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Where is the Check Point bug bounty program?

As much as I enjoy digging into the inner-workings of various products, as a consultant, my goal is to accurately quote my services and deliver the solutions in timely fashion.

It is ,therefore, left to me to work out the differences in features, lack thereof or bugs on my own time.

It would be nice to have at least a nominal compensation when the time and efforts spent working with the product result in a discovery of bugs.

I do believe that most of the software vendors have it in place. Is there such a program at Check Point? If yes, how should we claim a bug bounty?   

4 Replies

According to Wikipedia, Bug bounty program was invented by Netscapes technical support Engineer Jarrett Ridlinghafer when he discovered that many of Netscape's enthusiasts were actually software engineers who were fixing the product's bugs on their own and publishing the fixes or workarounds Smiley Happy.

So are you just giving away your fixes and workarounds for free at the moment or are you mainly working on finding exploits and vulnerabilities in CheckPoint products that are much more valuable ?

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The bugs I am referring to are not necessarily security exploits, but are mostly pinned-down functionality related issues.

Occasionally, I end-up spending an ungodly amount of time fighting issues that are undocumented bugs.

When contacting TAC with my findings, sometimes long and arduous verification and replication of the issues takes place.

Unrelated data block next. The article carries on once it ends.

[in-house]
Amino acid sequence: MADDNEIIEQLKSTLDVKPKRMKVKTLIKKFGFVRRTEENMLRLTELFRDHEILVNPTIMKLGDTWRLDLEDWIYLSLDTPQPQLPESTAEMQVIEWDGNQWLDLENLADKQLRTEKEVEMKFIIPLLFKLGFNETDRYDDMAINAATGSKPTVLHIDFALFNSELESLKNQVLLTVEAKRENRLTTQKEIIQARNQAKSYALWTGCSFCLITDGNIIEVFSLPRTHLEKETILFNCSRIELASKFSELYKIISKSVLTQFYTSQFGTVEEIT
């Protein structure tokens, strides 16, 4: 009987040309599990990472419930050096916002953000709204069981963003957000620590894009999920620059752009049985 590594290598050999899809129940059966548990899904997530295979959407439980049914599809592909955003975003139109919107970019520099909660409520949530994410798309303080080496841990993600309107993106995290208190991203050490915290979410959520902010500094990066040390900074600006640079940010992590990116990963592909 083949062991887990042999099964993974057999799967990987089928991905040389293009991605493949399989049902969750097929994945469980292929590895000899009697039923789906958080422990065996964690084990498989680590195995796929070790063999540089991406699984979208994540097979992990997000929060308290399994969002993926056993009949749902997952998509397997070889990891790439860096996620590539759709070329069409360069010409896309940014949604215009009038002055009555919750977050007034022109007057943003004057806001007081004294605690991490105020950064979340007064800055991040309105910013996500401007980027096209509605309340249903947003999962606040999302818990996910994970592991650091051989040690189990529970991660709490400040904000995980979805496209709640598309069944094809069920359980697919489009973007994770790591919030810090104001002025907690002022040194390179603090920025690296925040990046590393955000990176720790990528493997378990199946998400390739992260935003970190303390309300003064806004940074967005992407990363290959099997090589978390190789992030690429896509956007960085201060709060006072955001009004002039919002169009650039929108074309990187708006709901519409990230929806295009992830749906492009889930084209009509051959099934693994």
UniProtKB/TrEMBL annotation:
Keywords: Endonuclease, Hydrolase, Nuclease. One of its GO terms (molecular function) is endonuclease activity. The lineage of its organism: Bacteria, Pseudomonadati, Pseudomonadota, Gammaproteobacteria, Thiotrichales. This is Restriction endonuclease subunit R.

When the findings are confirmed to be a bug with no existing SK, and you are told that it will be remedied in the next version or if it results in CP pulling their AMI from AWS from instance, I suppose it qualifies for the bounty.

I do not seek those on purpose, but am stumbling on them frequently enough in the course of my normal work.

When it is costing me in terms of non-billable time, it bugs me (pun intended).


they are not bugs , just missing features mate (sorry for that) Smiley Happy

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From Wikipedia: "A software bug is an error, flaw, failure or fault in a computer program or system that causes it to produce an incorrect or unexpected result, or to behave in unintended ways."

Quoting Ilene Burnstein from the book Practical Software Testing (recommended) who parts from the definition in the "IEEE Standards Collection for Software Engineering" (1994) and "IEEE Standard Glossary of Software Engineering Terminology" (standard 610.12, 1990):

A fault (defect) is introduced into the software as the result of an error. It is an anomaly in the software that may cause it to behave incorrectly, and not according to its specification.

Faults or defects are sometimes called “bugs.” Use of the latter term trivializes the impact faults have on software quality. Use of the term “defect” is also associated with software artifacts such as requirements and design documents. Defects occurring in these artifacts are also caused by errors and are usually detected in the review process.

So sorry, those are most assuredly bugs Smiley Happy